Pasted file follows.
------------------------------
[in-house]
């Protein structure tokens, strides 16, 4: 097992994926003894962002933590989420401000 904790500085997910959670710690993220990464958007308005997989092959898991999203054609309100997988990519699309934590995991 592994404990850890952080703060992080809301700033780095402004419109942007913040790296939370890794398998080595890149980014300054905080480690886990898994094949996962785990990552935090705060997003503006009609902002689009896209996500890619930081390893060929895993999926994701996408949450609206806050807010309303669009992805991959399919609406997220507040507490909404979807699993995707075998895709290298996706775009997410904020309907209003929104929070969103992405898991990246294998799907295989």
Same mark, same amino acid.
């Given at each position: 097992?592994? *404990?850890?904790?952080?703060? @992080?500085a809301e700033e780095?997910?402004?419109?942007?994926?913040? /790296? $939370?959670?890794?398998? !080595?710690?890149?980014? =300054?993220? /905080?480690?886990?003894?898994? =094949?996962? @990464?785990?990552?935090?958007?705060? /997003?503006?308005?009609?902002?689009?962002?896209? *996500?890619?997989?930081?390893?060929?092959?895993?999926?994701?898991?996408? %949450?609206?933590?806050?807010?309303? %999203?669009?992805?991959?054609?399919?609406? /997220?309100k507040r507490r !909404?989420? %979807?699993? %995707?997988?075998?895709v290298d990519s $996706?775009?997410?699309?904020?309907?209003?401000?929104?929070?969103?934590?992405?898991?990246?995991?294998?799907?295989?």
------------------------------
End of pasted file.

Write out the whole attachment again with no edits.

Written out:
[in-house]
């Protein structure tokens, strides 16, 4: 097992994926003894962002933590989420401000 904790500085997910959670710690993220990464958007308005997989092959898991999203054609309100997988990519699309934590995991 592994404990850890952080703060992080809301700033780095402004419109942007913040790296939370890794398998080595890149980014300054905080480690886990898994094949996962785990990552935090705060997003503006009609902002689009896209996500890619930081390893060929895993999926994701996408949450609206806050807010309303669009992805991959399919609406997220507040507490909404979807699993995707075998895709290298996706775009997410904020309907209003929104929070969103992405898991990246294998799907295989």
Same mark, same amino acid.
């Given at each position: 097992?592994? *404990?850890?904790?952080?703060? @992080?500085a809301e700033e780095?997910?402004?419109?942007?994926?913040? /790296? $939370?959670?890794?398998? !080595?710690?890149?980014? =300054?993220? /905080?480690?886990?003894?898994? =094949?996962? @990464?785990?990552?935090?958007?705060? /997003?503006?308005?009609?902002?689009?962002?896209? *996500?890619?997989?930081?390893?060929?092959?895993?999926?994701?898991?996408? %949450?609206?933590?806050?807010?309303? %999203?669009?992805?991959?054609?399919?609406? /997220?309100k507040r507490r !909404?989420? %979807?699993? %995707?997988?075998?895709v290298d990519s $996706?775009?997410?699309?904020?309907?209003?401000?929104?929070?969103?934590?992405?898991?990246?995991?294998?799907?295989?």